Psoriasis is a chronic, recurring disease that causes one or more raised, red patches that have silvery scales and a distinct border between the patch and normal skin.
A problem with the immune system may play a role, and some people are genetically predisposed to psoriasis.
Characteristic scales or red patches can appear anywhere on the body in large or small patches, particularly the elbows, knees, and scalp.
This disease is treated with a combination of exposure to ultraviolet light (phototherapy), drugs applied to the skin, and drugs taken by mouth or given by injection.
Psoriasis is common and affects about 1 to 5% of the population worldwide. Light-skinned people are at greater risk, whereas blacks are less likely to get the disease. Psoriasis begins most often in people aged 16 to 22 years and aged 57 to 60 years. However, people in all age groups and races are susceptible.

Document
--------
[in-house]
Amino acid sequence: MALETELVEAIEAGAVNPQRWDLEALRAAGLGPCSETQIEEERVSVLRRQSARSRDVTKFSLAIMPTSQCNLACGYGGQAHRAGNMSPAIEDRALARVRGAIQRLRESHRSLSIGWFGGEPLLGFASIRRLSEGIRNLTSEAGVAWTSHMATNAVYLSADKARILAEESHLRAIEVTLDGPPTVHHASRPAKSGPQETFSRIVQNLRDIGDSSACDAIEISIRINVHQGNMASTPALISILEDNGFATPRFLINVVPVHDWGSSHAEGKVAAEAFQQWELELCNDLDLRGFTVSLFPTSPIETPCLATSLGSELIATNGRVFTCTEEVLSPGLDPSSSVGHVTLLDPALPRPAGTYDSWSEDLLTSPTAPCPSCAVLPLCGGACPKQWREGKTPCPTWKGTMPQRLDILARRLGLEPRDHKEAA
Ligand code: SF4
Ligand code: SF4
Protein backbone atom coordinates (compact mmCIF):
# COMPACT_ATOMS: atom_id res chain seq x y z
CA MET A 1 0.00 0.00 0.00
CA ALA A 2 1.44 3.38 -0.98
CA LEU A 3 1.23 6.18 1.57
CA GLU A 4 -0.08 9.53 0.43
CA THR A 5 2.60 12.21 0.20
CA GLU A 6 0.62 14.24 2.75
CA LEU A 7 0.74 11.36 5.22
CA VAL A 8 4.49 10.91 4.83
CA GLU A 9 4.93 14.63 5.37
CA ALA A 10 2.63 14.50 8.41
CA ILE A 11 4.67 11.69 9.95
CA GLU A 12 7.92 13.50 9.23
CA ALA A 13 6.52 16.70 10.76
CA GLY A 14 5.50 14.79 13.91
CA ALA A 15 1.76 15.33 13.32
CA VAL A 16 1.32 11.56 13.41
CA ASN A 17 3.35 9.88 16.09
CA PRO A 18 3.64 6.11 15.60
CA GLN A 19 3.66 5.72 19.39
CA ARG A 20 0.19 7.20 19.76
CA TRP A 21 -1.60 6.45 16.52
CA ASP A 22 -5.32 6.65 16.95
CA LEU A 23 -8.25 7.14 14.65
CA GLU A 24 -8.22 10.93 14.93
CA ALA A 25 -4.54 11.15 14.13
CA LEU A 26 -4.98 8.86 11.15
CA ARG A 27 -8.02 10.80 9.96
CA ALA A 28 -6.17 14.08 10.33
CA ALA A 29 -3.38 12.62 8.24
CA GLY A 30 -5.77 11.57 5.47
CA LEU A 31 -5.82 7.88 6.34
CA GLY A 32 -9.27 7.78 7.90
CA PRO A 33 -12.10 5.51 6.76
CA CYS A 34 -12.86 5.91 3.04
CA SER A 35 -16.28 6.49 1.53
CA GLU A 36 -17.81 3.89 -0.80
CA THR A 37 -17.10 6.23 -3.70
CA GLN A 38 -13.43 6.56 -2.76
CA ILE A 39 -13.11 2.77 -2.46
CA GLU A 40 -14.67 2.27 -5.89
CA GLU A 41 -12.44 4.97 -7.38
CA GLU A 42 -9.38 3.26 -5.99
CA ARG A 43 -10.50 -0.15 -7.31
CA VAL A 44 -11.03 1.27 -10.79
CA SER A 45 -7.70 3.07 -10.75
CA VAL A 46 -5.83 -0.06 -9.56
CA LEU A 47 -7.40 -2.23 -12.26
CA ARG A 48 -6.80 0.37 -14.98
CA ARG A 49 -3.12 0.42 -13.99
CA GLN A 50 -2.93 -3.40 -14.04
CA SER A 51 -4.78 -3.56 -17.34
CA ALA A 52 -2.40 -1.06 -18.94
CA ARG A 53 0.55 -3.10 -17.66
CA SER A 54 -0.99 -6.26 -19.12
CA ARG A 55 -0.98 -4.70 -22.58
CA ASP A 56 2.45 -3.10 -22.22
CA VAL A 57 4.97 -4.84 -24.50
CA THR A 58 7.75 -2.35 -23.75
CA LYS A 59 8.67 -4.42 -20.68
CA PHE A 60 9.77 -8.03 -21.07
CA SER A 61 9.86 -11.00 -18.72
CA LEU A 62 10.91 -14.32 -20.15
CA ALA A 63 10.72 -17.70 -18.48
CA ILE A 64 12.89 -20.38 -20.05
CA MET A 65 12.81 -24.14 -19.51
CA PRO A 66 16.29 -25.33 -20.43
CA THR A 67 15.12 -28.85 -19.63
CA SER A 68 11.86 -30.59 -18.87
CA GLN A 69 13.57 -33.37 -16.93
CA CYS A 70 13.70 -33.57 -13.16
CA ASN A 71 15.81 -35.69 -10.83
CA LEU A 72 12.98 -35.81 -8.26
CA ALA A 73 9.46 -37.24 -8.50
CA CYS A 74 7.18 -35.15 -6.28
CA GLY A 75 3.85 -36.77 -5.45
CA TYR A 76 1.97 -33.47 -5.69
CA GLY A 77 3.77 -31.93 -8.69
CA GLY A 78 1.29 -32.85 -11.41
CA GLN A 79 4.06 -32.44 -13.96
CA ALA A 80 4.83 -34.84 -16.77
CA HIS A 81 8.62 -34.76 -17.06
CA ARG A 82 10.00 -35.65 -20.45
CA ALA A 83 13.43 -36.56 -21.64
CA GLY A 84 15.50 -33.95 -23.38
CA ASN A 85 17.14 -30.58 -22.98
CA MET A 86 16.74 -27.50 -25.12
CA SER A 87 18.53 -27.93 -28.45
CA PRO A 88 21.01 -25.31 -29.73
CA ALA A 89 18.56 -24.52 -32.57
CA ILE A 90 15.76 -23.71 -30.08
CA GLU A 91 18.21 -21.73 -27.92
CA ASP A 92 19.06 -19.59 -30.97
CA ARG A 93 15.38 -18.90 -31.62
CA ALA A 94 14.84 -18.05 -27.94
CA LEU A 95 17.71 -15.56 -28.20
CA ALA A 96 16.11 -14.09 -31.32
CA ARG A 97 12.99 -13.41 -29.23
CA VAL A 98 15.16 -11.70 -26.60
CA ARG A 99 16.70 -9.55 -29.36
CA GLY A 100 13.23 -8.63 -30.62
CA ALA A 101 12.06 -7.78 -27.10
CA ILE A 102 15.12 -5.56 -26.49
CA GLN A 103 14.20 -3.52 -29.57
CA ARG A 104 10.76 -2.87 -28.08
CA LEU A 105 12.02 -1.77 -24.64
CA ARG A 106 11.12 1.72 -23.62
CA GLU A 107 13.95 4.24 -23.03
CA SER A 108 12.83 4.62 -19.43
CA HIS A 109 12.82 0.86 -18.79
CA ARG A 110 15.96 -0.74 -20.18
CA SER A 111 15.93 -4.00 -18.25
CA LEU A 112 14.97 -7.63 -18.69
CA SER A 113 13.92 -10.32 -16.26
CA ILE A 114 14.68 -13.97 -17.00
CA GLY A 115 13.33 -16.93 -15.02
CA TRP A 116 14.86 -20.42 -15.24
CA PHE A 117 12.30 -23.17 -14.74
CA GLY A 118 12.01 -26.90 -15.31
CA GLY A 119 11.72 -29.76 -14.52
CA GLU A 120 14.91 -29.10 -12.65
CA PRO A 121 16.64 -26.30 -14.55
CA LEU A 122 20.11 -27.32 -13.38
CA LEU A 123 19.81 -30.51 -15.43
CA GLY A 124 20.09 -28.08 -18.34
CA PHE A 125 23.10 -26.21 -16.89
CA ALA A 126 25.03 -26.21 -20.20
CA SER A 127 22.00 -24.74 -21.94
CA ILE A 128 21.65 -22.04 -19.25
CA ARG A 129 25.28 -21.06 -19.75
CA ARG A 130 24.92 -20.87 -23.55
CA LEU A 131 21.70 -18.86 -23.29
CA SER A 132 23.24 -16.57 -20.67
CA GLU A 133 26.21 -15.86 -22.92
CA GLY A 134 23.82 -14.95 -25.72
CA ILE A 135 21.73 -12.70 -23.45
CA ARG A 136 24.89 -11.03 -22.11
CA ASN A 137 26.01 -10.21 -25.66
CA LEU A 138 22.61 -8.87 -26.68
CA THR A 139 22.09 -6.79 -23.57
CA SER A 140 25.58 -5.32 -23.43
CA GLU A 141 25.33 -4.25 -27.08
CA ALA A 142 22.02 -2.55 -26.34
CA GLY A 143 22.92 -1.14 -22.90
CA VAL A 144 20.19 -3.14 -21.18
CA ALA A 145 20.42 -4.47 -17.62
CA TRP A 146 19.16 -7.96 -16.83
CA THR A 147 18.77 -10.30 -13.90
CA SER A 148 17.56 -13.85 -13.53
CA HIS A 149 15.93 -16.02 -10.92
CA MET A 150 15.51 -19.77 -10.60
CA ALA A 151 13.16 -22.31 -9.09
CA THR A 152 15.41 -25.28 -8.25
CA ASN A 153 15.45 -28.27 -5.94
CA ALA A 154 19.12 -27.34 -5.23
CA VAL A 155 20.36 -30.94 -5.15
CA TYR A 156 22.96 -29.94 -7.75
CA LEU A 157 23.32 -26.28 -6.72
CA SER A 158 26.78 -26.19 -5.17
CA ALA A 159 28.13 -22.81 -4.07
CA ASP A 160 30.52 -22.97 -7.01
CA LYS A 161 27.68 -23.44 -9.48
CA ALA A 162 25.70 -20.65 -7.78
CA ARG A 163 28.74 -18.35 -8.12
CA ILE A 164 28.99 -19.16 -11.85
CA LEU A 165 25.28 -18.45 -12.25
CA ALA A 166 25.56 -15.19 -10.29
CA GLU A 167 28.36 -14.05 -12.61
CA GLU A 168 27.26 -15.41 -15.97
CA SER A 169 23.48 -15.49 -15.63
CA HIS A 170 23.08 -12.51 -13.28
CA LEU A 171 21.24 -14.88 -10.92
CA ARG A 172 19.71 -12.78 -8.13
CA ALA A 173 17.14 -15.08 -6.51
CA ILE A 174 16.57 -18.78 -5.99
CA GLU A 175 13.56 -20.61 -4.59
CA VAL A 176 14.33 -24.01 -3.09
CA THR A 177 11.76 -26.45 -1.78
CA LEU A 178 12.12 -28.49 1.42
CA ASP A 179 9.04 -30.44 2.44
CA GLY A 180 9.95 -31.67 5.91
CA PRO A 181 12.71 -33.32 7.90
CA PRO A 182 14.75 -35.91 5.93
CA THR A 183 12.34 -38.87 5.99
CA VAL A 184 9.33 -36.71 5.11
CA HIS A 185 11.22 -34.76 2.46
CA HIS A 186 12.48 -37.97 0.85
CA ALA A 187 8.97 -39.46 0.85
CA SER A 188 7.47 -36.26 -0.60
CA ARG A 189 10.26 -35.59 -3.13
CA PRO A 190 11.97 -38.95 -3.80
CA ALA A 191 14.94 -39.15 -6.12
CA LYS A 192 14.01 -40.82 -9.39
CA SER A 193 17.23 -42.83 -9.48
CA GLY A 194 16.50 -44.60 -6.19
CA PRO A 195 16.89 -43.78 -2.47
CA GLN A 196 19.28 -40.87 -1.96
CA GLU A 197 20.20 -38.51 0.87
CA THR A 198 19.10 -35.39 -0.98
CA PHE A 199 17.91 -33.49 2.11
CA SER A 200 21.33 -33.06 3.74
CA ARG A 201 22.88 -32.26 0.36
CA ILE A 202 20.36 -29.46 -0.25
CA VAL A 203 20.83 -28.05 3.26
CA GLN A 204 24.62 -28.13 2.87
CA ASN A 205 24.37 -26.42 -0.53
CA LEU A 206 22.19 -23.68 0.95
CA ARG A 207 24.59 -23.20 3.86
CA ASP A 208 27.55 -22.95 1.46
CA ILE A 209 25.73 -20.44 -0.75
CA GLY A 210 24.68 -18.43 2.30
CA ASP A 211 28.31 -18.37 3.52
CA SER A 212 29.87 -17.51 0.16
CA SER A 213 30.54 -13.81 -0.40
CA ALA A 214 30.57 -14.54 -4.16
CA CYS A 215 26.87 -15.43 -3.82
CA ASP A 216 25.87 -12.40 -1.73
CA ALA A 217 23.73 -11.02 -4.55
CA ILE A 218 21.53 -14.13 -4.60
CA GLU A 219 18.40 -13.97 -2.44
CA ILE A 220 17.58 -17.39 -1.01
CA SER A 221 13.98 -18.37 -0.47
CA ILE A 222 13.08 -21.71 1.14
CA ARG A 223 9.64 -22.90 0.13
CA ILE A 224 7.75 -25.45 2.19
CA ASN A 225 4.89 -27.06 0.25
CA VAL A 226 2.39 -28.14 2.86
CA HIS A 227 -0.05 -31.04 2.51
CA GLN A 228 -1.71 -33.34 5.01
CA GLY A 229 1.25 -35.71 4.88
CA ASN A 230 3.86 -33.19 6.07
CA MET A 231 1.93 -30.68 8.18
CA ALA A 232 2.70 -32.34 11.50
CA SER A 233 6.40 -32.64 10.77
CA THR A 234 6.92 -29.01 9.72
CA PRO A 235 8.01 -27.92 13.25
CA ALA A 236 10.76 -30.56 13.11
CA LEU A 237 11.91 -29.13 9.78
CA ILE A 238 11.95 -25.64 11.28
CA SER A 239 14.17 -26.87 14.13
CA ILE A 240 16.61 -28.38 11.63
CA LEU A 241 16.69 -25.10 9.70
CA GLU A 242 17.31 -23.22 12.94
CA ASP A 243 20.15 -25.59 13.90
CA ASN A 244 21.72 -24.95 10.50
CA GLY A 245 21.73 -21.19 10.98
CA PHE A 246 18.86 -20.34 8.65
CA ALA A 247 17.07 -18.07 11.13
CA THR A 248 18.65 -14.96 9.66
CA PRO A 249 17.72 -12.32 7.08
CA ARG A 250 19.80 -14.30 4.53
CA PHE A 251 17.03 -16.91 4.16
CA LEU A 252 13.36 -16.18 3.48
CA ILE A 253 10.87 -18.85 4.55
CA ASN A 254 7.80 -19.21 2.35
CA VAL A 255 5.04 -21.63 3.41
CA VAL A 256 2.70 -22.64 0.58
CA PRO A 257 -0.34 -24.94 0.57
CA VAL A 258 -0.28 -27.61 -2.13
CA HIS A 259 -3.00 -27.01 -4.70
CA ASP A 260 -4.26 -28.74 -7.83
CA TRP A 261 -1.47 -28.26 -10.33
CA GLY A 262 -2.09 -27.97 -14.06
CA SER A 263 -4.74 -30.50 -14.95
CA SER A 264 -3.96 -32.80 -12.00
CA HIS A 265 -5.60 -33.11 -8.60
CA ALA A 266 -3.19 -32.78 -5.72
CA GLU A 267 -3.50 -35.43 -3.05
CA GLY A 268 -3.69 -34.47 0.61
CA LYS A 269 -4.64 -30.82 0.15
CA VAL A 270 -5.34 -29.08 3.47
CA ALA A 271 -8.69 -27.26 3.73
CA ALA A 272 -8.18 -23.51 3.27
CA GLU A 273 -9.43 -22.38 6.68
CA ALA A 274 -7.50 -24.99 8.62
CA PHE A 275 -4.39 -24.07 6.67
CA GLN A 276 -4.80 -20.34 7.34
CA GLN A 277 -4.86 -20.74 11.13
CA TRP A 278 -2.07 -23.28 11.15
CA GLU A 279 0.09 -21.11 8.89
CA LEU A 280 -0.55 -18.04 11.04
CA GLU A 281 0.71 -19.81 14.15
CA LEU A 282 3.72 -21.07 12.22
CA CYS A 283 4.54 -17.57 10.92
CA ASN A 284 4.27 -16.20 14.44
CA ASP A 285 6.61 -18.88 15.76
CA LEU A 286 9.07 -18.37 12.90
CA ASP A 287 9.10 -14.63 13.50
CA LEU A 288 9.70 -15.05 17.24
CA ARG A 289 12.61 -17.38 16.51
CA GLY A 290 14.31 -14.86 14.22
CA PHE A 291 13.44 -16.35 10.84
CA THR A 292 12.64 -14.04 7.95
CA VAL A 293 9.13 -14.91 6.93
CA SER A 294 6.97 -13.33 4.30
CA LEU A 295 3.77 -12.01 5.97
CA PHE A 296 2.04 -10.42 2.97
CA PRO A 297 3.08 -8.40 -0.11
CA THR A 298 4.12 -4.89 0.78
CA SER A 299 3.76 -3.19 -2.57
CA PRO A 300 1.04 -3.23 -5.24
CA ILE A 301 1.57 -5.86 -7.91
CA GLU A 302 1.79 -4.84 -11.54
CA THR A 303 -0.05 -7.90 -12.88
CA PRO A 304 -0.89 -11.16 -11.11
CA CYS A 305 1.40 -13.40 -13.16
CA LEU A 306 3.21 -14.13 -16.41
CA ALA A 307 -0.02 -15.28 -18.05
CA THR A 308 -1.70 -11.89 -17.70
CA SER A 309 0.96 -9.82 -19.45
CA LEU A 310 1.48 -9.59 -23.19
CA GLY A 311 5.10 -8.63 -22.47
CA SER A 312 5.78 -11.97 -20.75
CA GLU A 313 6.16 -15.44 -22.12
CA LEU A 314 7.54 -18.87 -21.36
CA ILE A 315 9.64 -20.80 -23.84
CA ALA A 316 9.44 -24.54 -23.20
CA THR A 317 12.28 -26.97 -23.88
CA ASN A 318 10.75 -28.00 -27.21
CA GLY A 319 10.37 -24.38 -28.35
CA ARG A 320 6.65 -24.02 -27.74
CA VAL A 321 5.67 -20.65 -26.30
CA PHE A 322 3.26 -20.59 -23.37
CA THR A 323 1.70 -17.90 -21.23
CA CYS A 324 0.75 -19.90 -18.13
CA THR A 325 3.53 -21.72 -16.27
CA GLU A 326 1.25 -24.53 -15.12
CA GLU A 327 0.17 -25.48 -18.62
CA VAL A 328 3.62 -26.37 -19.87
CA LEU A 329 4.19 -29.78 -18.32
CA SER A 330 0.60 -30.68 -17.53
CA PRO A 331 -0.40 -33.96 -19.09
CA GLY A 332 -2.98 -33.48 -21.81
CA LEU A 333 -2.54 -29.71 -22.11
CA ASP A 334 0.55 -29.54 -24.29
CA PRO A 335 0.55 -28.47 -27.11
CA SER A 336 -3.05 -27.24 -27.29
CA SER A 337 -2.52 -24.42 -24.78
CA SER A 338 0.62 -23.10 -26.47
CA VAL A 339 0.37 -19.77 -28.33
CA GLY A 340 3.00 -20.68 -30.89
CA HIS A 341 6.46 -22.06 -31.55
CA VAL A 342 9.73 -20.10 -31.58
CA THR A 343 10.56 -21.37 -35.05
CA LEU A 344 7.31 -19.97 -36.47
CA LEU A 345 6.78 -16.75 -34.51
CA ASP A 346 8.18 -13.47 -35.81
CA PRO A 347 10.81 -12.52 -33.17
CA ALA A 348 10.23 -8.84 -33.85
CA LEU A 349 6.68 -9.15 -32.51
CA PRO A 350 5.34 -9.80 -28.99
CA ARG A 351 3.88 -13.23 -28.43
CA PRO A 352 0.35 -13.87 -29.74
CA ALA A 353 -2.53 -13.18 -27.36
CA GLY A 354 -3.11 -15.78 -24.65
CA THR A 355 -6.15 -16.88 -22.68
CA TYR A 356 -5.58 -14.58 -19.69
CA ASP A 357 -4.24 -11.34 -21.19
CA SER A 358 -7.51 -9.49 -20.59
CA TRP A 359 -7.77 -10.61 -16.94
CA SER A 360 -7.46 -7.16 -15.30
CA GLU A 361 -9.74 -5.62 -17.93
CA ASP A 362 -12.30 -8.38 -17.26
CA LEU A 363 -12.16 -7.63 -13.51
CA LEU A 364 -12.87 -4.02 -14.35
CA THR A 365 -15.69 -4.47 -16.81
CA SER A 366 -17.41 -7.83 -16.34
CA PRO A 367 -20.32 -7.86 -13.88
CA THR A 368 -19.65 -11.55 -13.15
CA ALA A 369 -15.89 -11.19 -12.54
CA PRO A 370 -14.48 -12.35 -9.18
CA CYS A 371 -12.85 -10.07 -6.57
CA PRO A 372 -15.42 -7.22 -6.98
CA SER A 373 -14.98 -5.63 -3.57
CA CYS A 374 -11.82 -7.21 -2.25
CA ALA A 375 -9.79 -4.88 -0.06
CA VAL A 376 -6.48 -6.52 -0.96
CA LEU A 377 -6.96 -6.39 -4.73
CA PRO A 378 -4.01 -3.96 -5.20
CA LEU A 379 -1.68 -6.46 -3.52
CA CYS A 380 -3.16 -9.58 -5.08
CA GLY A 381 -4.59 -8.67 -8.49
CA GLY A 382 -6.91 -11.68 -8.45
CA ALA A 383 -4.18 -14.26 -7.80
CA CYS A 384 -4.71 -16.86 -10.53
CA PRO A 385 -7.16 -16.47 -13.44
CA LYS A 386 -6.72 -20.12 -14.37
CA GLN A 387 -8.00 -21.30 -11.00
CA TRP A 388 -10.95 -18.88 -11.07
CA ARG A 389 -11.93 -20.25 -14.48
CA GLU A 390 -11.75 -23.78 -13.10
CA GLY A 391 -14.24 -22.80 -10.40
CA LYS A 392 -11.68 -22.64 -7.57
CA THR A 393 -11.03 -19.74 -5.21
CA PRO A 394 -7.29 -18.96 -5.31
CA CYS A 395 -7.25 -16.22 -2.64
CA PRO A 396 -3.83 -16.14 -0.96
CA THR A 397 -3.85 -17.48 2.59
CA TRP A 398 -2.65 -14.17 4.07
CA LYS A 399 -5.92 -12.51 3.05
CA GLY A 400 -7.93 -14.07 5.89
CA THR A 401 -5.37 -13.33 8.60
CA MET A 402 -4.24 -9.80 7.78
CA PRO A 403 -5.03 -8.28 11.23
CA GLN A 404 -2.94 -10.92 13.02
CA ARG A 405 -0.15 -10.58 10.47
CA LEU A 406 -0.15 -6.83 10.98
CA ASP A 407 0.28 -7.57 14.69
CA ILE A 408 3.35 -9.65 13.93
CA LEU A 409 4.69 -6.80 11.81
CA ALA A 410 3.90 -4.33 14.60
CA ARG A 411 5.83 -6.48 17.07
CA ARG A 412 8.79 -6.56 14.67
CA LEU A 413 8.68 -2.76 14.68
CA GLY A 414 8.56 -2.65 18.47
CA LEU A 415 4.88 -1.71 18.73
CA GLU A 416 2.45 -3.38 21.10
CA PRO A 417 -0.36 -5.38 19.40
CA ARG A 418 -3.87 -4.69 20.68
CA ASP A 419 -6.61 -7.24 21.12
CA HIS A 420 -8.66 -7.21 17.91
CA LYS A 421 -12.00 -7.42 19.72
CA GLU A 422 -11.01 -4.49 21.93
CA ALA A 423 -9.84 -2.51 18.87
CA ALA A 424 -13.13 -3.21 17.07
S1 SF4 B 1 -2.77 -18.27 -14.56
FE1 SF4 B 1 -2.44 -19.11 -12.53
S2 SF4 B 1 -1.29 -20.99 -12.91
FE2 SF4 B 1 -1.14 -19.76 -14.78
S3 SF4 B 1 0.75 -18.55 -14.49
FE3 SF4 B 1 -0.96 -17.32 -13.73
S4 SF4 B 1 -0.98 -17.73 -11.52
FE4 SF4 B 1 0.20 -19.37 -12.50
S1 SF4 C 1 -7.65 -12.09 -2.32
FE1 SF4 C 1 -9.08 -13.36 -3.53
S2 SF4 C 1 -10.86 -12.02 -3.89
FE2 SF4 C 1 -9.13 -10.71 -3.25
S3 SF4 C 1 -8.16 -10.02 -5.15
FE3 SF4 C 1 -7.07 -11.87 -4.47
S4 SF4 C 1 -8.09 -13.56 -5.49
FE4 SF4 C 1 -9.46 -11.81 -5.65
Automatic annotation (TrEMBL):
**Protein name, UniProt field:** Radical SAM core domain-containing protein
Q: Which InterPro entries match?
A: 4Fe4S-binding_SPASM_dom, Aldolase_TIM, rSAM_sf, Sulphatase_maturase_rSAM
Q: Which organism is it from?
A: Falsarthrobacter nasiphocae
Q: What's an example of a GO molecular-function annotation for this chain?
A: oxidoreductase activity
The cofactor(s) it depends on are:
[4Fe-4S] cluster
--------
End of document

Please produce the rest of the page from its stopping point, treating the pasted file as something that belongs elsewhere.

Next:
The patches of psoriasis occur because of an abnormally high rate of growth of skin cells. The reason for the rapid cell growth is unknown, but a problem with the immune system is thought to play a role. The disorder often runs in families, and certain genes are associated with psoriasis.